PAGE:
Joyce L. Arnold, Liberally Independent, Queer Talk, equality activist, writer.

Who gets to decide the goals and the strategies of the “LGBT Movement”?

To a very significant extent, people in positions of relative power make these decisions. That doesn’t mean such people are always wrong, or that other voices are never heard. But it’s a fact of advocacy that with every layer between decision makers and grassroots residents comes the greater possibility of differences in how issues are identified and understood. The further removed from mainstream Queerdom, the more unrecognized you are.

I want to give you the opportunity to hear from two long-time advocates within the LGBT communities. For some similar reasons “” they’re both women, for one thing “” and for some different reasons, their words don’t fit into the “approved” way of talking about LGBT equality.

First, Laura Flanders recently interviewed Amber Hollibaugh, co-director of Queers for Economic Justice and author of the book My Dangerous Desires. Hollibaugh describes herself as a “working class, white trash, incest survivor, high femme, lesbian, sex radical, … mixed race.” The transcript, with an introduction, is posted by Flanders at Truth Out, “An Erotic Politics: What’s the Future of the LGBTQ Movement?” The lack of “fit” with the mainstreamed LGBTQ views is obvious.

“˜It’s important for those of us that are in the LGBTQ movement who come from those kinds (working class, etc.), of backgrounds, to step forward and say that the vision that we’ve got is very much embedded in the histories … (of) where we came from. … This is a history of poverty, of racism, of fear and of hunger. …

“˜Being respectful of extraordinary work that has happened in the last thirty-five years is not the same thing as it reflecting my values. I’m not sorry that we can now enter the military and I’m not sorry that we can marry, but frankly I come from a moment in time … that never made marriage or the military my criteria of success. …

… QEJ works a lot on places like shelter systems where in a traditional LGBT analysis, you would never know that there are queer people who are homeless, … that there are low-income people that are LGBTQ … .

In some ways, the challenge of staying political is to stay a dreamer at the same time.

She talks about her own experiences, including involvement in the Civil Rights Movement, when being a lesbian wasn’t something she could acknowledge. And including the fact that for a time, she supported herself as a stripper. She really doesn’t “fit” the “good gay” model, but for the same reasons, she’s able to see the LGBTQ’s who are often invisible to mainstream organizations.

(We’re in) … a moment where … there are political organizations, but there’s no movement really, there’s no kind of broad activism (although Occupy certainly has some of that …) … .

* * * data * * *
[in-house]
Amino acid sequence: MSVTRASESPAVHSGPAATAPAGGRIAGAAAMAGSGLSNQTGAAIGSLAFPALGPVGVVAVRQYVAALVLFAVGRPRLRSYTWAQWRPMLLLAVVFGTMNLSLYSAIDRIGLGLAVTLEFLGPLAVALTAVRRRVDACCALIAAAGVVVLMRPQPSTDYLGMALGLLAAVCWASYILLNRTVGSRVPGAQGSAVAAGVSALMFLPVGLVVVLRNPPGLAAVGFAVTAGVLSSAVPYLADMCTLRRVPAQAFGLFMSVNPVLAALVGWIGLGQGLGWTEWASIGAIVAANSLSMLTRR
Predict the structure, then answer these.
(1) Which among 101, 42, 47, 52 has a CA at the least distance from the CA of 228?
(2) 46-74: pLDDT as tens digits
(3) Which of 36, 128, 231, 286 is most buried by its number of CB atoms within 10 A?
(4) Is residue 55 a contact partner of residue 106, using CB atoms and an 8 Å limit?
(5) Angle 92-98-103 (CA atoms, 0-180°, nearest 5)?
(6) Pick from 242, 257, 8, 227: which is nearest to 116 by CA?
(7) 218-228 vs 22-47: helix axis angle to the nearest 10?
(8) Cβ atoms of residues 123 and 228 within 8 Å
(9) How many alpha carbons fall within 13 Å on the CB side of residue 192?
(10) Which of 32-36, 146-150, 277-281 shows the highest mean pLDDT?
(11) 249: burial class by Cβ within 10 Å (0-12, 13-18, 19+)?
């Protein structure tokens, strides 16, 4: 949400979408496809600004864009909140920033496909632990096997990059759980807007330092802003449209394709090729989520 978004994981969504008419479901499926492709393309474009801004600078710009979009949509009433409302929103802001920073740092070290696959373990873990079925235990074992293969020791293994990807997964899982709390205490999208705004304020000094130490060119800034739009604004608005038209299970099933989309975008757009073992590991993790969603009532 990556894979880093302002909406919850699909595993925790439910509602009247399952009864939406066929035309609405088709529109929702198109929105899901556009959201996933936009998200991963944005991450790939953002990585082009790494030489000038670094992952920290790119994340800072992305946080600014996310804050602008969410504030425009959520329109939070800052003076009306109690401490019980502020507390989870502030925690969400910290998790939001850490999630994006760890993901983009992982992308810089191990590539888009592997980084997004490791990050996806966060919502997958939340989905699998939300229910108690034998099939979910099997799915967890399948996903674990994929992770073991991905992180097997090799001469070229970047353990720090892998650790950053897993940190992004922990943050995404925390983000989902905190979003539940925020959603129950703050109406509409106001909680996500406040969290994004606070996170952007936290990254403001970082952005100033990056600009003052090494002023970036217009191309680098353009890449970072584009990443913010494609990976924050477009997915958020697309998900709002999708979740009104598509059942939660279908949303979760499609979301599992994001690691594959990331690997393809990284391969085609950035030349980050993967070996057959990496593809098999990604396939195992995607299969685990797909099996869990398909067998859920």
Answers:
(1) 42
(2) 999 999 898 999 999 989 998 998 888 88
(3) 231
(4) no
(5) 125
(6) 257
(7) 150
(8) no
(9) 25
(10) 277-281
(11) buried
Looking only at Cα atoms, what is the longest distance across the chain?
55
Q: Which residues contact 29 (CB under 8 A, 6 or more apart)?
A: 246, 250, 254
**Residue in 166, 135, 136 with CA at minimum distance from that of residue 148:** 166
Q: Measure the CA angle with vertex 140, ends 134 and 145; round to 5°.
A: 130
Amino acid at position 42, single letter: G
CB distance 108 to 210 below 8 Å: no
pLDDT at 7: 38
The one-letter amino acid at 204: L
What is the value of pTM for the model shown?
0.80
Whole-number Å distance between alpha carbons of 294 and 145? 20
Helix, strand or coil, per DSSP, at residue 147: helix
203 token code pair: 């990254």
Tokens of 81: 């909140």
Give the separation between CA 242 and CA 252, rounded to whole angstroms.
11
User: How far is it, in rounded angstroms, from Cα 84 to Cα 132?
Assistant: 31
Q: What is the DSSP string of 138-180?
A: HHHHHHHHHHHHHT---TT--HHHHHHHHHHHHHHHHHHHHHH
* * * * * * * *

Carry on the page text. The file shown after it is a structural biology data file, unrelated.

There’s a profound price to the incorrect assumption that LGBTQ movements are white, male and wealthy. …(T)here’s a certain kind of demographic ignorance that means that the rest of the LGBTQ world doesn’t get seen.

And from another long-time activist, Gloria Nieto, guest posting at Blabbeando, “When Pride alone is not enough.”

In The Life, the national LGBT newsmagazine airing on PBS, is doing an episode, “˜Orgullo Latino,’ on Latino/a LGBT people during this month of Pride. I am in that show because of my involvement with what used to be the national LGBT organization, LLEGO. … Unfortunately, it no longer exists.

I was also featured in a recent report on NPR’s All Things Considered about long-term unemployment. I am now three-plus years without a job with no change in sight. … I have all the basics one would think an employer would want: marketable skills, a history of success and even awards.

But I am fifty-seven years old. … As I said in the NPR interview, I am looking at the prospect of never working again in my life. …

Celebrating Pride is a challenge when you’re unemployed, when there is no national organization focused on your experiences, or as Hollibaugh puts it, when “economic justice” “” with all the connecting factors of class and race and age “” doesn’t exist. Nieto continues:

In my previous life as a member of the Democratic National Committee, I was able to have conversations with candidates like John Kerry, Howard Dean, Tom Udall, Bill Richardson, Barney Frank and Tammy Baldwin. I was part of a small meeting with President Bill Clinton in the White House. …

I don’t expect our national organizations to represent my experience as part of the broad advocacy of the LGBT communities. I do, however, expect to see Latino representation at all levels in every organization. I think this has been missing for a while.

… some of us who are unemployed and have a rich history of success … are still ignored. Somehow we are no longer valued in so many different places, and all our skills are wasted … . We continue to seek to show our Pride in whatever way we can in the limited ways we can do it. …’

Of course, the sort of disconnect that can happen when the layers separating movement decision makers from the “different from them” members of the same movement or group isn’t unique to Queerdom. Among other things, what these two women reveal is how the “income inequality” stressed by Occupy can have a direct impact on who is heard, and who isn’t, within advocacy movements.

(Amber Hollibaugh photo via Queers For Economic Justice
Gloria Nieto photo via Blabbeando)